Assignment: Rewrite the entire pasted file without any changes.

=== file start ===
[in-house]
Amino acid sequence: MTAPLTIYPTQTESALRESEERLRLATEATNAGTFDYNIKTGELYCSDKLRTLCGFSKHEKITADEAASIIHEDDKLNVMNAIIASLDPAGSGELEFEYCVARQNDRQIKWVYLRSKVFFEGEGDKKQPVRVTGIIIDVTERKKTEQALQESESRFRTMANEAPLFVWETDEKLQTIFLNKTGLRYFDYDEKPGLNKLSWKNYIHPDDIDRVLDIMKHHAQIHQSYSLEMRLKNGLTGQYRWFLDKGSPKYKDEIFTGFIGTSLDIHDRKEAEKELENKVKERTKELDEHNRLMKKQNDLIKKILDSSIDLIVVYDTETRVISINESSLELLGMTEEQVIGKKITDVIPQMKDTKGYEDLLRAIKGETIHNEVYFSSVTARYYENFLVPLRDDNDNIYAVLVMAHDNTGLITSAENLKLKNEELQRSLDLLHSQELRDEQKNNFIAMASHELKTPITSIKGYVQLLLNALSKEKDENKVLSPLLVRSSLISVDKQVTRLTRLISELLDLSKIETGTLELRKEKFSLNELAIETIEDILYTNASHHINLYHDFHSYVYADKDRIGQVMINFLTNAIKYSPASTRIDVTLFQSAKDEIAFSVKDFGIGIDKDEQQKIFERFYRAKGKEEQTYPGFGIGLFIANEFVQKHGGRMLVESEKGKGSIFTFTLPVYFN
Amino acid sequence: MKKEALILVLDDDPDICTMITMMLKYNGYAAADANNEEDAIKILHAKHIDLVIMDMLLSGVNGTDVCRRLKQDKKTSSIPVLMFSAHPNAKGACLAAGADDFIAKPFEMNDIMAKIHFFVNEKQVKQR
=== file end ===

[in-house]
Amino acid sequence: MTAPLTIYPTQTESALRESEERLRLATEATNAGTFDYNIKTGELYCSDKLRTLCGFSKHEKITADEAASIIHEDDKLNVMNAIIASLDPAGSGELEFEYCVARQNDRQIKWVYLRSKVFFEGEGDKKQPVRVTGIIIDVTERKKTEQALQESESRFRTMANEAPLFVWETDEKLQTIFLNKTGLRYFDYDEKPGLNKLSWKNYIHPDDIDRVLDIMKHHAQIHQSYSLEMRLKNGLTGQYRWFLDKGSPKYKDEIFTGFIGTSLDIHDRKEAEKELENKVKERTKELDEHNRLMKKQNDLIKKILDSSIDLIVVYDTETRVISINESSLELLGMTEEQVIGKKITDVIPQMKDTKGYEDLLRAIKGETIHNEVYFSSVTARYYENFLVPLRDDNDNIYAVLVMAHDNTGLITSAENLKLKNEELQRSLDLLHSQELRDEQKNNFIAMASHELKTPITSIKGYVQLLLNALSKEKDENKVLSPLLVRSSLISVDKQVTRLTRLISELLDLSKIETGTLELRKEKFSLNELAIETIEDILYTNASHHINLYHDFHSYVYADKDRIGQVMINFLTNAIKYSPASTRIDVTLFQSAKDEIAFSVKDFGIGIDKDEQQKIFERFYRAKGKEEQTYPGFGIGLFIANEFVQKHGGRMLVESEKGKGSIFTFTLPVYFN
Amino acid sequence: MKKEALILVLDDDPDICTMITMMLKYNGYAAADANNEEDAIKILHAKHIDLVIMDMLLSGVNGTDVCRRLKQDKKTSSIPVLMFSAHPNAKGACLAAGADDFIAKPFEMNDIMAKIHFFVNEKQVKQR